One of my goals this year is to do things that are special. And by special I mean those things that fuel me up as a person and make time stop.
You know those people you can hang out with and you check your phone to see what times it is and gasp – “Oh my goodness, where has the time gone?!” Those are special people who make time stop.
For some reason I don’t make it a habit to do special things like that. Sometimes I feel guilty for doing them – for wanting to do them. I have the runner earning her dessert mentality. Before I allow myself the treat of indulging in something sweet, I need to make sure I’ve done enough throughout the day to merit a reward.
So in turn, my brain has labeled fun, special things as treats for good behavior rather than fuel for the run.
The other reason I don’t habitually indulge in special things is because I want to save them. It’s like hiding a bag of Dove dark chocolate for the perfect occasion. The problem is that when that perfect occasion rolls around, I forget about the chocolates I hid until I go through a cleaning streak and find them shoved in the back of my nightstand drawer.
Recently I read a book by Rachel Hollis called Girl Wash Your Face. She reminded me of the importance of making time for those things that are special and fill me up. When I spend time doing special things, it makes me a better mom because I’ve refueled myself and therefore have more to give those I serve. And the best part is that I can do it guilt free!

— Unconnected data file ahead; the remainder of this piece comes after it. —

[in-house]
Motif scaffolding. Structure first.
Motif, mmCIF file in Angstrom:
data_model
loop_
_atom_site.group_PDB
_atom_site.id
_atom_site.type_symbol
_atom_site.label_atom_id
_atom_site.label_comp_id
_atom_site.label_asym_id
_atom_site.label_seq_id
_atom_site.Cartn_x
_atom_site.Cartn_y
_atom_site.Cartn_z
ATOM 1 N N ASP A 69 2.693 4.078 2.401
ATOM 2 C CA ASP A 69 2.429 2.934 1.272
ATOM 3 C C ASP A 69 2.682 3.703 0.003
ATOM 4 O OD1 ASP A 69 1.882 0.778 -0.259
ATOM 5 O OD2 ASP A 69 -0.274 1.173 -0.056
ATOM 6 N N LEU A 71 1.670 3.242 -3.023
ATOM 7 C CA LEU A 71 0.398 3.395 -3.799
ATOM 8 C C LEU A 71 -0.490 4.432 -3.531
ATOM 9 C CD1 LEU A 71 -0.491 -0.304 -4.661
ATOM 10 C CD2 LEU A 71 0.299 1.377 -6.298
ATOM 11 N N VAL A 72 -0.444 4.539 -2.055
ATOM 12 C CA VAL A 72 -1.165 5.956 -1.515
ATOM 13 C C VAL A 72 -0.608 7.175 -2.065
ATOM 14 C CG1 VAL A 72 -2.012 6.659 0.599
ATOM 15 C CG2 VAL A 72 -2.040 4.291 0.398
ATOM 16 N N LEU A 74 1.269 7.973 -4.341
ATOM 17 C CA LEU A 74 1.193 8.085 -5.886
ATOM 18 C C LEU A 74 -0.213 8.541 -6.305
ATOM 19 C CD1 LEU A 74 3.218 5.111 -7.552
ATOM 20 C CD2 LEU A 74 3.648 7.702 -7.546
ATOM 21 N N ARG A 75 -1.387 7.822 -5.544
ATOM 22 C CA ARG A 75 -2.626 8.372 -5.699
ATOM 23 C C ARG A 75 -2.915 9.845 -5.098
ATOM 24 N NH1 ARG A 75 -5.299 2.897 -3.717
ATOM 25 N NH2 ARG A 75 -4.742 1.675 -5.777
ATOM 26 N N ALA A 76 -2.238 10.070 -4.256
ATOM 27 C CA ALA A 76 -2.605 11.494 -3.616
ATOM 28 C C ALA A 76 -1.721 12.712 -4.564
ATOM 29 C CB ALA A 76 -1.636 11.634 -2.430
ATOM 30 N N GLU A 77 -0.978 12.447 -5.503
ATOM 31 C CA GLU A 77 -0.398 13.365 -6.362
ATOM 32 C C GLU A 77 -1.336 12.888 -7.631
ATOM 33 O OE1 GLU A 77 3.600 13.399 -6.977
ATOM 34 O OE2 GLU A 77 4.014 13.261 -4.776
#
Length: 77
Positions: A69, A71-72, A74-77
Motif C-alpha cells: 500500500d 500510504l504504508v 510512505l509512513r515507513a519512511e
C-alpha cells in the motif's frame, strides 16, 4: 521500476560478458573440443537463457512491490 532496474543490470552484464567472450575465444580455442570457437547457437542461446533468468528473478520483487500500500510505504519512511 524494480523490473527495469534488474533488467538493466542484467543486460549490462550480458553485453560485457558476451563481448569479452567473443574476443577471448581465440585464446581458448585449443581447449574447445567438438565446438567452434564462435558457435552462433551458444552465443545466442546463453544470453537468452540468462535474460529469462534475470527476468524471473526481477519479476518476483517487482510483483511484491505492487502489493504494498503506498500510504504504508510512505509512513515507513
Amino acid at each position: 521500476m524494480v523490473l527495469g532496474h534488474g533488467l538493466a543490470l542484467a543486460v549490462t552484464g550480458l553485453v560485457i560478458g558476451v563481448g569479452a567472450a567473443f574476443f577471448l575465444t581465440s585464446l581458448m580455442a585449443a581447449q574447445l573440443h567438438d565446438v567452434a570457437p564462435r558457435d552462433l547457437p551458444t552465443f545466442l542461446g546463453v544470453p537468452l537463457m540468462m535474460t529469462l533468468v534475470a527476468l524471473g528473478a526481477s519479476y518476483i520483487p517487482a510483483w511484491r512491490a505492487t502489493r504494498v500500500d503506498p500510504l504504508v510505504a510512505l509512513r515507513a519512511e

While reading Rachel’s book, I grabbed my journal and pen and wrote down a list of things that I truly love doing. Things that make time stop for me. A few of the items were reading for fun, writing/blogging, having people over for dinner, shopping/ time out with friends, and cooking by myself while listening to music…
Now that I have this list, I can make time for these things. It’s so freeing to learn about yourself and work with how you’re made rather than fight against it.
For example, now that I’ve identified that having friends over for diner energizes rather than drains me, I can be intentional about doing it. It can go at the end of a stressful week because preparing for it is fun for me. I have an excuse to crank up the music in my kitchen and cook, which crosses three items off my special things list in one whack!
This is freeing for me!
I think a lie I’ve believed in my head, although never verbalized, is that my special things should include my kids. But the truth is, they don’t. And that’s OK. It doesn’t mean I’m a bad or a negligent mom because I look forward to times without my kids.
As I’ve thought about this, honestly, I want my kids to see me doing fun, special things without them. Then they’ll look forward to being an adult and doing their own version of special things. If they’re always with me doing my special things, then they have nothing to look forward to!
As my friend Brooke says, If everything’s special, then nothing is special.
So, what is special to you? How can you make time to do those things?
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